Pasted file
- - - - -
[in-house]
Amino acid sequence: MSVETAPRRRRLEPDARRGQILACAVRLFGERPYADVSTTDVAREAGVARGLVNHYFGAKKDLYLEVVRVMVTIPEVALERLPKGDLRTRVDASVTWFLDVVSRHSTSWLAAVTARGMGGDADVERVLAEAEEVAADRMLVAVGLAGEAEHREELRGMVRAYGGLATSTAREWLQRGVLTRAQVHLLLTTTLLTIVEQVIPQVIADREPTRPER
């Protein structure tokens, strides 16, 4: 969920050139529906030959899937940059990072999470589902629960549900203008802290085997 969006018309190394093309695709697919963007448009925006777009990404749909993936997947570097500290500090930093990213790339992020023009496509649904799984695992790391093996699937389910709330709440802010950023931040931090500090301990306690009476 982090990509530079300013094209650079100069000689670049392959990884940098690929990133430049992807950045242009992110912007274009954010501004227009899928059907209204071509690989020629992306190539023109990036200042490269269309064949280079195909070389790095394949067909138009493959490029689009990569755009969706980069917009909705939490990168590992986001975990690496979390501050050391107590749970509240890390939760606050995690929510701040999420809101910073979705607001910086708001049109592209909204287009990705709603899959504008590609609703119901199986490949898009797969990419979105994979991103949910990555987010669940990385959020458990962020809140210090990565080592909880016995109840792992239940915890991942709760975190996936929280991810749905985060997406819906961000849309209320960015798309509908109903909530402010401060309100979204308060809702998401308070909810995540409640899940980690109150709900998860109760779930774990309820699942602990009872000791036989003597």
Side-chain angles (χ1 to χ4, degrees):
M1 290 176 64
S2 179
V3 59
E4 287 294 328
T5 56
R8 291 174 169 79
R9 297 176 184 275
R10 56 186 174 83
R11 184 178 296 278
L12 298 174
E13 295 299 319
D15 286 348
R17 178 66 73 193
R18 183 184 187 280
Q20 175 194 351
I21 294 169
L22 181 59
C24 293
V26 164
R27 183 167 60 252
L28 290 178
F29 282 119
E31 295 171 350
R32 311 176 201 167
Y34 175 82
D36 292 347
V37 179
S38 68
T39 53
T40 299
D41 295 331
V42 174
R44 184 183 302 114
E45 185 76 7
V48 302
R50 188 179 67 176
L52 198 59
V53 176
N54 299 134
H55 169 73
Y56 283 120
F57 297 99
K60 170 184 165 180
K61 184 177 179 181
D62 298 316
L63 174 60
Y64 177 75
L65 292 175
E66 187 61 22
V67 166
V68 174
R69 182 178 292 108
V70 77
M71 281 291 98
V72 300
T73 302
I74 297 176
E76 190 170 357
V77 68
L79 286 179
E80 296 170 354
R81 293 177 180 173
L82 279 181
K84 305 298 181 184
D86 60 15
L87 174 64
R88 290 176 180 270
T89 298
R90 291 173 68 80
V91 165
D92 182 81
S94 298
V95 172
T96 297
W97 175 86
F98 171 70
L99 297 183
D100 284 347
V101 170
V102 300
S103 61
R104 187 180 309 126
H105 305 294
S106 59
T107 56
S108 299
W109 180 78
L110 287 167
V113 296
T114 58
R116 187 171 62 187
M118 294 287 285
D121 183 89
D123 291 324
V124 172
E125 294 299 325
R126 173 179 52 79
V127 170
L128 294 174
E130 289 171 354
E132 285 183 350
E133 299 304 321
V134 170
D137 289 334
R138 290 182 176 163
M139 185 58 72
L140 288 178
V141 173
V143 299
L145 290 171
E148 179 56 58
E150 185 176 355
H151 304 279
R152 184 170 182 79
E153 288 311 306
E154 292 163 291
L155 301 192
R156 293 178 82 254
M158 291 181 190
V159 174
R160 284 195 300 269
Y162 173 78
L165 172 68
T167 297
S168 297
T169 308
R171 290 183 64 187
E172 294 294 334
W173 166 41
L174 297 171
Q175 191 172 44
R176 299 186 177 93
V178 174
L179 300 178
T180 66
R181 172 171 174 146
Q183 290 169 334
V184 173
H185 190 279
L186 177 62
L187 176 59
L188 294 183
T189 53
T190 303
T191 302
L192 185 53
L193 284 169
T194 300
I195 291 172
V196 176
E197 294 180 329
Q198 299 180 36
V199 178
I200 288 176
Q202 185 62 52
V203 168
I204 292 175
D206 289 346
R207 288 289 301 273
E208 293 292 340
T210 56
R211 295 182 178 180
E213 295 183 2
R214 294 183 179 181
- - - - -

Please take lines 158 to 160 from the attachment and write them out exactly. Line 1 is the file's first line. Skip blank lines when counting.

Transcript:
I200 288 176
Q202 185 62 52
V203 168